But the company he thinks has hit a tipping point is Google (GOOG, Fortune 500).

"Google is at a stage where, well, AOL got there as well," Case said. "When you get to a certain scale, you start attracting government queries and lawsuits. You can't be tone-deaf to this. And I think they're aware of that -- but on the other hand, you can't be so worried that you get wrapped up in all that and let other companies pass you."

Case is still active in the tech industry as the leader of Revolution LLC, which operates several Web-focused startups and has an investment portfolio that includes ZipCar and LivingSocial (which landed a $175 million investment from this week). He's been in the field for a quarter century, and Blodget asked him to draw on that experience to look ahead at the next 25 years of the Internet business.

"The challenge, and opportunity, in the next 25 years isn't about changing the Internet," Case said. "it's about changing every part of life because of the Internet." To top of page

Frontline troops push for solar energy
The U.S. Marines are testing renewable energy technologies like solar to reduce costs and casualties associated with fossil fuels. Play
25 Best Places to find rich singles
Looking for Mr. or Ms. Moneybags? Hunt down the perfect mate in these wealthy cities, which are brimming with unattached professionals. More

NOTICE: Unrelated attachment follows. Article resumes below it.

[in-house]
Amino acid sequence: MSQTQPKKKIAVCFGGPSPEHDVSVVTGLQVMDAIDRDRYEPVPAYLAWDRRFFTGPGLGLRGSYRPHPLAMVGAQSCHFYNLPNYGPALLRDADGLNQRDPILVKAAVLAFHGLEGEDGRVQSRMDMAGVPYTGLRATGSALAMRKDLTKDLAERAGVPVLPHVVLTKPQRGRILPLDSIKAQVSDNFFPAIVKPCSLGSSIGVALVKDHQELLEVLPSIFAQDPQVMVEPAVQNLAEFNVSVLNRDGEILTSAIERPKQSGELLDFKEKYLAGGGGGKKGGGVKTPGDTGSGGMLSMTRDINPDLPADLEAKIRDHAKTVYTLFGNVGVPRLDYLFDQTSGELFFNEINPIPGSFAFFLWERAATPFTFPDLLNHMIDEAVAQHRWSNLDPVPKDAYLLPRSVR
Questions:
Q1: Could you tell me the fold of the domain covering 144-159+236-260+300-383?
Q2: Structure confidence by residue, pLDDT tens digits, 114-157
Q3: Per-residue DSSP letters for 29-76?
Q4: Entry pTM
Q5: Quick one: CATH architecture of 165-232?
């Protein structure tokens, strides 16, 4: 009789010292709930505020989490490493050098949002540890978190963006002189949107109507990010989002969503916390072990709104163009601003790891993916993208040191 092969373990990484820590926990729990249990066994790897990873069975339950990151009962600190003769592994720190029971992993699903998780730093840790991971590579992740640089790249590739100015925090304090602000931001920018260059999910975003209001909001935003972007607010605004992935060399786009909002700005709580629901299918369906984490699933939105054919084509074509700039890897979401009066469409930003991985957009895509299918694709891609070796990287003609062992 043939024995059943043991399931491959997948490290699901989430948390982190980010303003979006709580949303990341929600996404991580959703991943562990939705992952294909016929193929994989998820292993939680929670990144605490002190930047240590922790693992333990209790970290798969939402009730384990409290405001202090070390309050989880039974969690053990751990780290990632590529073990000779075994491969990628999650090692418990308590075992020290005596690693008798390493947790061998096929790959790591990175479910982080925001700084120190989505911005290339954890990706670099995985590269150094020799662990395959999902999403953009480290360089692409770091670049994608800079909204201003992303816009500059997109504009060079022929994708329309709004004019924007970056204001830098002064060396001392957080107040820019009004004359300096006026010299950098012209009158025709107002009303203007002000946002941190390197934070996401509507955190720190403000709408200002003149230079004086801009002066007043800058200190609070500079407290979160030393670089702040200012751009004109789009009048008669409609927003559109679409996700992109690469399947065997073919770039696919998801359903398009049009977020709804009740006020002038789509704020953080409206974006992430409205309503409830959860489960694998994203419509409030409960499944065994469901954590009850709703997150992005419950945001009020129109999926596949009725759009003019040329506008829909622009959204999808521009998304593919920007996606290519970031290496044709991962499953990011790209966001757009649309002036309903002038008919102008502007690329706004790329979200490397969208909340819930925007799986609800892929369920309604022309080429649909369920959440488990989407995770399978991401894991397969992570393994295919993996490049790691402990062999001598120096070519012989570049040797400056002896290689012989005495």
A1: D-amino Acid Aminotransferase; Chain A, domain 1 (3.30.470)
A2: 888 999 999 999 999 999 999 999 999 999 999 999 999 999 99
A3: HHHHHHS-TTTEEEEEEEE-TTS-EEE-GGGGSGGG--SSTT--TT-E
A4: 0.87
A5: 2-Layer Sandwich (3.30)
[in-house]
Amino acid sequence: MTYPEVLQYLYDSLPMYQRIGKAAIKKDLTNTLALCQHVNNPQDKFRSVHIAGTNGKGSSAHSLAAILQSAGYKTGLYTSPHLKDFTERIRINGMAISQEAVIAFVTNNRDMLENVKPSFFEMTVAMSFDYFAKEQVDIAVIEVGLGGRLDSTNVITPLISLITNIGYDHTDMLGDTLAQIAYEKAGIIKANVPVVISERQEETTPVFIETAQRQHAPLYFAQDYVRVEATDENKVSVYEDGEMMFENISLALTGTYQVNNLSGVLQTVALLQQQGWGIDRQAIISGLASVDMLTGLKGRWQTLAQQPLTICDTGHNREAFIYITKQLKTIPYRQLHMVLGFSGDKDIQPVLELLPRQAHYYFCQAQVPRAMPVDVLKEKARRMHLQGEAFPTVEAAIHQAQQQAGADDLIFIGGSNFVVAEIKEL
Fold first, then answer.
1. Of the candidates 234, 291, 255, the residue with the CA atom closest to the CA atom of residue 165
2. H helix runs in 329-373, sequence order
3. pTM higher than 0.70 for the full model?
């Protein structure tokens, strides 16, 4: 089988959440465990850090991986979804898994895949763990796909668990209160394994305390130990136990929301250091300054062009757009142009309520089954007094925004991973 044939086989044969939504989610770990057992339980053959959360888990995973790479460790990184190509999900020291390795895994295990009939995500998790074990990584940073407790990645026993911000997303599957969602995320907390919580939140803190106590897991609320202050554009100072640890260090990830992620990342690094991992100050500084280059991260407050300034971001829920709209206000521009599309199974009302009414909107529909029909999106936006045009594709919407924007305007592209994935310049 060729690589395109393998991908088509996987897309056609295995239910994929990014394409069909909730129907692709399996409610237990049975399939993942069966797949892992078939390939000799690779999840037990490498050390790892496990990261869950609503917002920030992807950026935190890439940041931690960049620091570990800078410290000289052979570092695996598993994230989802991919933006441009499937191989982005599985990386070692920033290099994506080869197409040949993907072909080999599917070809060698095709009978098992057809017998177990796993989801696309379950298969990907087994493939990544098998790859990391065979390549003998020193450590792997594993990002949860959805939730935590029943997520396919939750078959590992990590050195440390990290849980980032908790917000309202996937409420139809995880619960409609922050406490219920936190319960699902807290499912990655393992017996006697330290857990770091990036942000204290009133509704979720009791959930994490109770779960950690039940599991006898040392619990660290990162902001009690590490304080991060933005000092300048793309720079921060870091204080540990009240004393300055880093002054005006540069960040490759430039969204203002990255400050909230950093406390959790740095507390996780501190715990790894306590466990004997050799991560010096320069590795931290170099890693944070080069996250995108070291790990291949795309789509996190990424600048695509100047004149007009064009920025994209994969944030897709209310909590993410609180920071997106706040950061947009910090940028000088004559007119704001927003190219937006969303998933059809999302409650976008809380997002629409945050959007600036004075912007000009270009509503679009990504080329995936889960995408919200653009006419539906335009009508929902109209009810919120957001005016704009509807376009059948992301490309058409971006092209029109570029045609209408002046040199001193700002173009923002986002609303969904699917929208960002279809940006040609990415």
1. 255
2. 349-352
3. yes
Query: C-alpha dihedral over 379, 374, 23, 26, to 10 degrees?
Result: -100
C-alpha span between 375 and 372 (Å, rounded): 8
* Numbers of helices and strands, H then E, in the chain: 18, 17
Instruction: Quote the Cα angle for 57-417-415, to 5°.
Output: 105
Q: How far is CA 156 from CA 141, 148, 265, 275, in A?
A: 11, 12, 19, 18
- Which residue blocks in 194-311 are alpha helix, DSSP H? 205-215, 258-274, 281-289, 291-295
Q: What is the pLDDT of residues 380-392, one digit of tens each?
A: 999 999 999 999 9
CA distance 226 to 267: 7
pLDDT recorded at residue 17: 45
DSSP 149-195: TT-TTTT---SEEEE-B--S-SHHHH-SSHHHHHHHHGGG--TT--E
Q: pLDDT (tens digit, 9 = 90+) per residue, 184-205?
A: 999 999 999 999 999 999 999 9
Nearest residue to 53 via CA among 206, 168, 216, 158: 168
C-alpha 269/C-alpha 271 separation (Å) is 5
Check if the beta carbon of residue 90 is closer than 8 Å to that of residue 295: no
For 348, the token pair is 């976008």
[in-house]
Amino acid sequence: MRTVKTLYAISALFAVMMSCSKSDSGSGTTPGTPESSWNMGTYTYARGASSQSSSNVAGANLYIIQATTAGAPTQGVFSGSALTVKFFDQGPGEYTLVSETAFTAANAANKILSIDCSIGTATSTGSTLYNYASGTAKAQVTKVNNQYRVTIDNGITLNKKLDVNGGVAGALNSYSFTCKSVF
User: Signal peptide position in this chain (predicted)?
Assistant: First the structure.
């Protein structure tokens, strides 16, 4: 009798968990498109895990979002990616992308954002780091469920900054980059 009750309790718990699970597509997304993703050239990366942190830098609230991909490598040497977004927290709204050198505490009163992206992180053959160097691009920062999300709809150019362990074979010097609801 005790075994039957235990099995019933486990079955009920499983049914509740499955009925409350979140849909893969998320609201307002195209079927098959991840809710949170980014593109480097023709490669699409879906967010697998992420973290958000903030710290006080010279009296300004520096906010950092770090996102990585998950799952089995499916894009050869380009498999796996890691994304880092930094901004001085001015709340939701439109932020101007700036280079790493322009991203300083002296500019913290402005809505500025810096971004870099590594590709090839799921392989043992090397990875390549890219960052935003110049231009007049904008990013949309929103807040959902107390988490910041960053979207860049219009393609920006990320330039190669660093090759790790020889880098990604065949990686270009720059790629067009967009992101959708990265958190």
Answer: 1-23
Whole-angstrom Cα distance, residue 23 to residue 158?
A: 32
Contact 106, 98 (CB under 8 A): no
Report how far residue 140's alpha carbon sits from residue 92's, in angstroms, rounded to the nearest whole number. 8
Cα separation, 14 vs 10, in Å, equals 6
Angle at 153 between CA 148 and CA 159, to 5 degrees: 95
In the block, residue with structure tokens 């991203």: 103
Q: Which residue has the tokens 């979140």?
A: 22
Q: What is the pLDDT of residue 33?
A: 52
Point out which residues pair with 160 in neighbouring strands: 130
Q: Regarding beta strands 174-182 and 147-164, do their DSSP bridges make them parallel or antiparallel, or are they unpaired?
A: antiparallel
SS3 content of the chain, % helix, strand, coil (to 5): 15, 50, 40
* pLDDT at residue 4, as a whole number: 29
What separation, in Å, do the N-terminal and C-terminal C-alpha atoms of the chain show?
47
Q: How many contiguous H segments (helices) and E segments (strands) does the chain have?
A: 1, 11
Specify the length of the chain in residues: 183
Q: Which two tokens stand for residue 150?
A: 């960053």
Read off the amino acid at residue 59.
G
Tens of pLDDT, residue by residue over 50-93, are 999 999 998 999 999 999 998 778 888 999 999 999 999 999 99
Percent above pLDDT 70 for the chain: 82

Fun festivals: Twins to mustard to pirates!
You'll see double in Twinsburg, Ohio, and Ketchup lovers should beware in Middleton, WI. Here's some of the best and strangest town festivals. Play
Index Last Change % Change
Dow 16,380.41 263.17 1.63%
Nasdaq 4,258.44 41.05 0.97%
S&P 500 1,886.76 24.00 1.29%
Treasuries 2.20 0.05 2.14%
Data as of 1:17am ET
Company Price Change % Change
Bank of America Corp... 16.21 0.13 0.81%
Facebook Inc 75.95 3.32 4.57%
Apple Inc 97.67 1.41 1.46%
General Electric Co 24.82 0.57 2.35%
Microsoft Corp 43.63 0.89 2.08%
Data as of Oct 17


Economists concerned over rapidly rising corporate debt levels in China are sounding the alarm, warning that major changes are needed to avoid an increase in "zombie" banks and firms. More

A new Gallup poll shows that one-third of Americans prefer their boss to be a man. More

As North Dakota's oil boom rages on, the droves of job seekers who have flocked there over the past few years are finally starting to move their spouses to the area and settle down. The result? Lots of babies. More

Market indexes are shown in real time, except for the DJIA, which is delayed by two minutes. All times are ET. Disclaimer Morningstar: © 2014 Morningstar, Inc. All Rights Reserved. Disclaimer The Dow Jones IndexesSM are proprietary to and distributed by Dow Jones & Company, Inc. and have been licensed for use. All content of the Dow Jones IndexesSM © 2014 is proprietary to Dow Jones & Company, Inc. Chicago Mercantile Association. The market data is the property of Chicago Mercantile Exchange Inc. and its licensors. All rights reserved. FactSet Research Systems Inc. 2014. All rights reserved. Most stock quote data provided by BATS.